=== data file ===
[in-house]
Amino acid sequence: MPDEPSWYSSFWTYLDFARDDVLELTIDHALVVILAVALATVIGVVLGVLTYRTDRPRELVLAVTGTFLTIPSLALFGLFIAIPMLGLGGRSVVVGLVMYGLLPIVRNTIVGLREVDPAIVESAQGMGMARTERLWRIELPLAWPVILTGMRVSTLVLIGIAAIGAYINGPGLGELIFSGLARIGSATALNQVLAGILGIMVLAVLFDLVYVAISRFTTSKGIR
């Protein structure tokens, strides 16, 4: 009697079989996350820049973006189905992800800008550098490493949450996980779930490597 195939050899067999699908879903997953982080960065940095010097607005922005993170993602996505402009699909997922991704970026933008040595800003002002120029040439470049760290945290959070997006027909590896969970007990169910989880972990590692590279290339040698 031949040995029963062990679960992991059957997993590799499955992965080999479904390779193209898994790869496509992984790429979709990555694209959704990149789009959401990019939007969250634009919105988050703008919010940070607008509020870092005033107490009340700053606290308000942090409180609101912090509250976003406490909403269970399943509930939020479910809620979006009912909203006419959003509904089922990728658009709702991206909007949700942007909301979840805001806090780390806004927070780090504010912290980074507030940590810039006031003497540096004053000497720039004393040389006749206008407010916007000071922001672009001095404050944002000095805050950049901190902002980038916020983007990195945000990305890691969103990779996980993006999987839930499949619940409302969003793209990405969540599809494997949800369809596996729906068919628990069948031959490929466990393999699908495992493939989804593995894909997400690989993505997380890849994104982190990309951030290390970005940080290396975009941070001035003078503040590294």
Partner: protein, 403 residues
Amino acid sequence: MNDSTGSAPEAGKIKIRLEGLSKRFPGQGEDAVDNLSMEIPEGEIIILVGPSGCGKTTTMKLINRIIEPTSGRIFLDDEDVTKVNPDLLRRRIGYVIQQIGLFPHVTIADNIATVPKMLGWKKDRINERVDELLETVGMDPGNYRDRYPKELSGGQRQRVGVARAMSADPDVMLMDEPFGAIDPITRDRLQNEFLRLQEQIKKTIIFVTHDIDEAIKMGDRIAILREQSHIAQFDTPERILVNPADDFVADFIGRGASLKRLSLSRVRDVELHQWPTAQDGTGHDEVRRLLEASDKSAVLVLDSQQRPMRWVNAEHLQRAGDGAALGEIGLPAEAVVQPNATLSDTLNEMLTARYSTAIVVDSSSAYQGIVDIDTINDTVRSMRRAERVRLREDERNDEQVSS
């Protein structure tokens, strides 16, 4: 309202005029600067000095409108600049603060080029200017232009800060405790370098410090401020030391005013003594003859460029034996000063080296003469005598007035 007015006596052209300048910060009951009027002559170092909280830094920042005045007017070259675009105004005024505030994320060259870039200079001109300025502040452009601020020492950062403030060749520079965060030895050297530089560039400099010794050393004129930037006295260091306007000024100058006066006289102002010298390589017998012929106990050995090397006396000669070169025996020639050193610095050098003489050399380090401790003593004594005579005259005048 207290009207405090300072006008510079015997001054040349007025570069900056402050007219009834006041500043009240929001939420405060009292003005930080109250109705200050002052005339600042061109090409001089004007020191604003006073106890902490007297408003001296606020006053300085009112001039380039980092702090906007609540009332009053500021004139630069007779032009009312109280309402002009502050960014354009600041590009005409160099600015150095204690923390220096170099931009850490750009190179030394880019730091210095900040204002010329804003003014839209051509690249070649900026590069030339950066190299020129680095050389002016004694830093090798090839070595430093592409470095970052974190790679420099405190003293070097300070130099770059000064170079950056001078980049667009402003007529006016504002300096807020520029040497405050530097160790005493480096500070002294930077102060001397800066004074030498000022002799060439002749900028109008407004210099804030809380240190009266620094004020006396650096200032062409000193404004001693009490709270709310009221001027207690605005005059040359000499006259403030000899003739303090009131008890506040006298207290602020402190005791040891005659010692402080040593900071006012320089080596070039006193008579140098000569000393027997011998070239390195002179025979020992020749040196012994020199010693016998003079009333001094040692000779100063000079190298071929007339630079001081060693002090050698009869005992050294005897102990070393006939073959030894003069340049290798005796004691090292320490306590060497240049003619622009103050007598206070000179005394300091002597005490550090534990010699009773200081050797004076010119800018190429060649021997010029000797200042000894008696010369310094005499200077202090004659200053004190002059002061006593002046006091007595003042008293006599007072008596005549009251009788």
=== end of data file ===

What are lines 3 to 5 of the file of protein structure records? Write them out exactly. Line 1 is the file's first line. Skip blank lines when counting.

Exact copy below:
């Protein structure tokens, strides 16, 4: 009697079989996350820049973006189905992800800008550098490493949450996980779930490597 195939050899067999699908879903997953982080960065940095010097607005922005993170993602996505402009699909997922991704970026933008040595800003002002120029040439470049760290945290959070997006027909590896969970007990169910989880972990590692590279290339040698 031949040995029963062990679960992991059957997993590799499955992965080999479904390779193209898994790869496509992984790429979709990555694209959704990149789009959401990019939007969250634009919105988050703008919010940070607008509020870092005033107490009340700053606290308000942090409180609101912090509250976003406490909403269970399943509930939020479910809620979006009912909203006419959003509904089922990728658009709702991206909007949700942007909301979840805001806090780390806004927070780090504010912290980074507030940590810039006031003497540096004053000497720039004393040389006749206008407010916007000071922001672009001095404050944002000095805050950049901190902002980038916020983007990195945000990305890691969103990779996980993006999987839930499949619940409302969003793209990405969540599809494997949800369809596996729906068919628990069948031959490929466990393999699908495992493939989804593995894909997400690989993505997380890849994104982190990309951030290390970005940080290396975009941070001035003078503040590294």
Partner: protein, 403 residues
Amino acid sequence: MNDSTGSAPEAGKIKIRLEGLSKRFPGQGEDAVDNLSMEIPEGEIIILVGPSGCGKTTTMKLINRIIEPTSGRIFLDDEDVTKVNPDLLRRRIGYVIQQIGLFPHVTIADNIATVPKMLGWKKDRINERVDELLETVGMDPGNYRDRYPKELSGGQRQRVGVARAMSADPDVMLMDEPFGAIDPITRDRLQNEFLRLQEQIKKTIIFVTHDIDEAIKMGDRIAILREQSHIAQFDTPERILVNPADDFVADFIGRGASLKRLSLSRVRDVELHQWPTAQDGTGHDEVRRLLEASDKSAVLVLDSQQRPMRWVNAEHLQRAGDGAALGEIGLPAEAVVQPNATLSDTLNEMLTARYSTAIVVDSSSAYQGIVDIDTINDTVRSMRRAERVRLREDERNDEQVSS